About

On her new studio album, All That’s Left, Michelle Lewis explores the far edges of joy and sadness. It’s a personal history served through loss and love.

An artist’s third album often carries the weariness of having already said everything. Yet Michelle’s third work shines, a testament to her great skill at perception. As she’s grown as a songwriter so too has her ability to elevate a detail from anecdote to allegory. The result is an intense collection of ten tracks, a transformative journey from regret to compassion, coming to rest upon the sort of sweetness available only to those who truly care. If only we could all love so deeply, feel such warmth, deliver such grace in woe.

As she mourns loss, celebrates love, and confronts guilt, Michelle weaves an emotional journey, conveyed in vivid ashes of sorrow and garnished with comic turns of forbearance. Yet rather than feeling haphazard, the album gathers upon all the consequences of holding people close. Michelle has spun all the relationships that matter and the effect is a good cry followed by a good laugh.

Michelle wrote this album with her ears open. “Scars” explores a life story she learned about her grandmother only after her death. “Please Don’t Go” includes words of comfort overheard during another period of pain. “Sometimes the songs are already written, you just have to listen,” she said.

Interestingly, the album features a cover of “Dancing In The Dark,” a first for Michelle who to-date had recorded only original compositions. “Years ago a friend gave me a copy of Nebraska. When I heard that album I realized that although Bruce Springsteen had been in front of a rock band for years, he’s really a folk singer,” she said. “His songs are so relatable and heart wrenching.”

The album’s first single, “Push On,” was co-written by Nashville singer/songwriter Robby Hecht. The song shares a timely message of determination, delivered in Michelle’s plaintive vocal style, both heartwarming and heartbreaking. “There are times in everyone’s life when we feel like we can’t go on, whether it’s physically, mentally, or both. ‘Push On’ is about overcoming those everyday and long-term struggles we all have,” said Michelle. “It’s about being lost, physically broken down, but then fighting through it.”

The album ends on a affectionate note, with “Lay On My Pillow,” a velvet blanket of comfort sung softly and sweetly. It’s a comforting final thought, a return safely home. She sings, “Give me your life / I’ll give you mine / Stay with me darling we’ll be fine.”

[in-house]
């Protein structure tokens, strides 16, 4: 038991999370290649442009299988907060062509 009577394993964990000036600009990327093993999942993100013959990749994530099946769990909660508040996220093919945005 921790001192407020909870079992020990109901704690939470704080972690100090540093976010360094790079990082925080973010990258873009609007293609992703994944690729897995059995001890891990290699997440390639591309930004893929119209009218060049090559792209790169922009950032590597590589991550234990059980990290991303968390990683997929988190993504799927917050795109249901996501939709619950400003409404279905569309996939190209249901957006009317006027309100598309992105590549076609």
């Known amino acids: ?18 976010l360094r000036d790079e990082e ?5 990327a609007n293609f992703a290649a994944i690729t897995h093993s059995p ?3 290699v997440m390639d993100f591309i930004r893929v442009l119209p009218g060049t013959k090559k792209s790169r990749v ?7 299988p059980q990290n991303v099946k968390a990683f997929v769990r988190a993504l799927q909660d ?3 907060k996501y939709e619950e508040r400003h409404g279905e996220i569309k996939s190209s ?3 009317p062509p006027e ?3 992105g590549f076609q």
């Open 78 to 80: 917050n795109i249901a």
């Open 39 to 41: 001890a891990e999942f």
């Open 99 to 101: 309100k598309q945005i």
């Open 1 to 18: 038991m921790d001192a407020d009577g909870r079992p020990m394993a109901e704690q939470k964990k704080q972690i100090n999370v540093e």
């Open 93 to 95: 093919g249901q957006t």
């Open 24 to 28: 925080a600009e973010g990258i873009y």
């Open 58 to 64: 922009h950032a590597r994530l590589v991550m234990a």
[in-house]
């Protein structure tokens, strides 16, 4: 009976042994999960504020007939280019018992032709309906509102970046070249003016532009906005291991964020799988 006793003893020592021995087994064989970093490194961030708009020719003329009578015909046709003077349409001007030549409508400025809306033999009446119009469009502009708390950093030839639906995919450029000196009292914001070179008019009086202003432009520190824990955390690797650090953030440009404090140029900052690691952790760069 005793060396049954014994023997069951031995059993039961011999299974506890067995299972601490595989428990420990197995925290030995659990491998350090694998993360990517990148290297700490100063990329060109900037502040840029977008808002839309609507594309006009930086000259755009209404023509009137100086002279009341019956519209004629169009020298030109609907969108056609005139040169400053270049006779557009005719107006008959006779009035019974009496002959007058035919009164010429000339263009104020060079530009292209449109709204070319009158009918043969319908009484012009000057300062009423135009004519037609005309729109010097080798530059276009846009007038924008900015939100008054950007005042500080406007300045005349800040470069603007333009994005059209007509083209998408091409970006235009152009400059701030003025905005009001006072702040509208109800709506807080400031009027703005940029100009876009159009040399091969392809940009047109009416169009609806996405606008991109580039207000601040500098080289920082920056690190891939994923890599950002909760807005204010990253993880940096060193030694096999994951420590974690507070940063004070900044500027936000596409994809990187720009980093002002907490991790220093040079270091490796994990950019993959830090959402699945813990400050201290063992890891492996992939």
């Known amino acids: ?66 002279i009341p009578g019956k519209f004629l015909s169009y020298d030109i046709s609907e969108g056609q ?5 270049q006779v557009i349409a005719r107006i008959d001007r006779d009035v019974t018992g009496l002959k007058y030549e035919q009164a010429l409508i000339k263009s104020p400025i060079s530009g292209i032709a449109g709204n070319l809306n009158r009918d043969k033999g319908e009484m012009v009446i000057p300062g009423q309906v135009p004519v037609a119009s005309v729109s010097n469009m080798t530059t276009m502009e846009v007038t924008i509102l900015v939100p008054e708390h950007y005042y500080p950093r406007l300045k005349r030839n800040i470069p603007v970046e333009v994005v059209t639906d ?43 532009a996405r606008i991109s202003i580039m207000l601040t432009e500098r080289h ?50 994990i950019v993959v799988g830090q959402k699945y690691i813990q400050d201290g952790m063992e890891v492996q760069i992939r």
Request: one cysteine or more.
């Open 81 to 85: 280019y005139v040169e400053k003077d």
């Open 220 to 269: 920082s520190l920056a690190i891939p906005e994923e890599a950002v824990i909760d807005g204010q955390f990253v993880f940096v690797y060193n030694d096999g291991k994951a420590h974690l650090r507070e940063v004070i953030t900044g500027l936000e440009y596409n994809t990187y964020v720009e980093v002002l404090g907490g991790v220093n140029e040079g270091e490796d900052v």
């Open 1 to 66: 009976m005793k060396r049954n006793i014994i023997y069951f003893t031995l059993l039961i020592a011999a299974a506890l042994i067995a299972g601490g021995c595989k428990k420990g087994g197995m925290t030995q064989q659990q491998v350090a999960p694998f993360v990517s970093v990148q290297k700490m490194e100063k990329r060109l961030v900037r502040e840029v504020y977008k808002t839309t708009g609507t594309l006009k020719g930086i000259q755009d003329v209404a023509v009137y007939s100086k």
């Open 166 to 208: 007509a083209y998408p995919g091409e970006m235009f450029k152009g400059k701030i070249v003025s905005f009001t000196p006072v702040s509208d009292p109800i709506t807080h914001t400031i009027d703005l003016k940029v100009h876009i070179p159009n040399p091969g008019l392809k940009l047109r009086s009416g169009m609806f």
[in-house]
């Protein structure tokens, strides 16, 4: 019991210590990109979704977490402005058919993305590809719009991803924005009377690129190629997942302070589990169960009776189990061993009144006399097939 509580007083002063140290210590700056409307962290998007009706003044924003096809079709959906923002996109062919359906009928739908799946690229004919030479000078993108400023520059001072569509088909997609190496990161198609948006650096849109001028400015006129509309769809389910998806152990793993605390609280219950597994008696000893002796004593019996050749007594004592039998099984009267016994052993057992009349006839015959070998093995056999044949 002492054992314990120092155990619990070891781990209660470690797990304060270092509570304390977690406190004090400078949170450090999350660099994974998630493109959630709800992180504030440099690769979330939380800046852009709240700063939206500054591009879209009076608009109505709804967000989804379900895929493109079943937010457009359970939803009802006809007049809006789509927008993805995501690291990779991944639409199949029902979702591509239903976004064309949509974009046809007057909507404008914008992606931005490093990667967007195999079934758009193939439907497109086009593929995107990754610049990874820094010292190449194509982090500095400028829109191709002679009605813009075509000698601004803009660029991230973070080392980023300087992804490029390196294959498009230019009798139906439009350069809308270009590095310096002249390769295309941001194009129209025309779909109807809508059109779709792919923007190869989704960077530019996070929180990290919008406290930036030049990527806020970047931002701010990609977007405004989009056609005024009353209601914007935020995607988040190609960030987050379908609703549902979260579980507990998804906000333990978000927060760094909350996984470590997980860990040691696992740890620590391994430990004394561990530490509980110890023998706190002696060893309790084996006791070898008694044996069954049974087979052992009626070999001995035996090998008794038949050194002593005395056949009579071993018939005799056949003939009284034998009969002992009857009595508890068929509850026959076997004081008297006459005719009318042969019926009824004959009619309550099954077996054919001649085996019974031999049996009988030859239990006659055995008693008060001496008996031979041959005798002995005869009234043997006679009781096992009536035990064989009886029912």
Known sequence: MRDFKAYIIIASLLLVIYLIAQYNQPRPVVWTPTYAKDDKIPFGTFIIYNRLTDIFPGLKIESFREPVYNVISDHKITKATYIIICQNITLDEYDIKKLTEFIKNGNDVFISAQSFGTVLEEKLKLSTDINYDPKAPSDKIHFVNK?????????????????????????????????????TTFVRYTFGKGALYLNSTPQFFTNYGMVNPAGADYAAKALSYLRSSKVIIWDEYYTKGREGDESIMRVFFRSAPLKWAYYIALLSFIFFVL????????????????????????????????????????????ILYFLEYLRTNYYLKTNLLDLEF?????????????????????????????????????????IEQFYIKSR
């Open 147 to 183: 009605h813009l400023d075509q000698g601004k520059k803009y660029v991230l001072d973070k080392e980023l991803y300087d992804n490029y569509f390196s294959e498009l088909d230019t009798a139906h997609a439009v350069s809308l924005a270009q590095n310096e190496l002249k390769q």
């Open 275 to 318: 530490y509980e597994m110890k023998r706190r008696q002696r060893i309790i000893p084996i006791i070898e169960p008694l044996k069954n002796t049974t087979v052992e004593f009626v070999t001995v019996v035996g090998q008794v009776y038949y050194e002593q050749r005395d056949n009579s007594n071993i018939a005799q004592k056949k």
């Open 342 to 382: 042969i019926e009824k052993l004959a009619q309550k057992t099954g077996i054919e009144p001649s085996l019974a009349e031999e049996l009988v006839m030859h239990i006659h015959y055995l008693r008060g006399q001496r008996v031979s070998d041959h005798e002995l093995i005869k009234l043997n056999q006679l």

ABOUT MICHELLE LEWIS

Many performers live for applause. Michelle Lewis just wants to make you cry.

“There are sad songs, and uplifting songs. But more sad songs,” She says. “For me, music is always more interesting the deeper you dig emotionally. My passion and my love is more centered in those sad, melancholy songs.”

If that sounds like a lot of despair, it isn’t. Her sad songs leave you smiling. Her joyful songs leave you a wreck. Yes, there is hardship and tragedy. No, Michelle Lewis is not depressed. As an artist, she lives for the paradox of the uplifting lament. Her sorrow is a totem for love. She writes from the strength of the bond not the pain of the fracture. This duality makes hers such a fascinating voice.

More polished than folk and more personal than pop, Michelle writes intensely visual songs with a gut punch of emotion. As a storyteller, she explores life’s defining moments, juggling the immediacy of first-hand experience with the serenity of emotional wisdom. Her lyrics find beauty in sadness, her music is rich with melody. Intimate folk lyrics wash over a whirlpool of lush production. Refrains of acoustic virtuosity accompany modern soundscapes that might keep a second home in dream-pop. Guided by her musical influences — Paul Simon, Joni Mitchell, Patty Griffin, and Jewel among others — Michelle’s style is truly her own.

Much of her catalog interprets the events in her life, just don’t ask her who or when or why. But she’s always listening.

Hypnotic finger-style guitar melodies give away her Berklee College of Music education. She moves swiftly and lightly over the guitar, an exacting technique applying all five fingers to plucking patterns that build immersive melodies. Her live shows contain an astonishing lack of strumming.

Michelle tours globally from her current home in Los Angeles, softly singing her heart out from Belgium to Wyoming. This Fall she’ll tour her new full-length album, All That’s Left, through Europe and the US. She has been a regular at The Hotel Cafe in Los Angeles, and across the river from her longtime home in Boston at Club Passim.

On YouTube, Michelle’s single, “Run Run Run,” found a devoted audience among Boston Marathon runners. The song and video were featured on the national broadcast of the 2014 race, and to date the music video has amassed more than 375,000 views. Written at her home just four blocks from the finish line prior to the events of 2013, the song transformed when Michelle played it for a Boston audience the day after the marathon bombings. In that moment the song took on a different, special meaning for her in her home town. “It’s all about looking ahead, not looking back,” said Michelle. “I originally wrote the song for a friend, but it wound up helping me heal.” Fundraiser proceeds from single sales raised more than $1,600 toward the city’s recovery efforts.

Michelle’s first full-length album release, This Time Around, arrived in 2004. She has been a longtime collaborator with producer Anthony J. Resta (Elton John, Duran Duran, Shawn Mullins), spanning their work on her EPs Broken (2009) and Paris (2011), her second full-length album, The Parts Of Us That Still Remain (2014), and her forthcoming album All That’s Left (2018).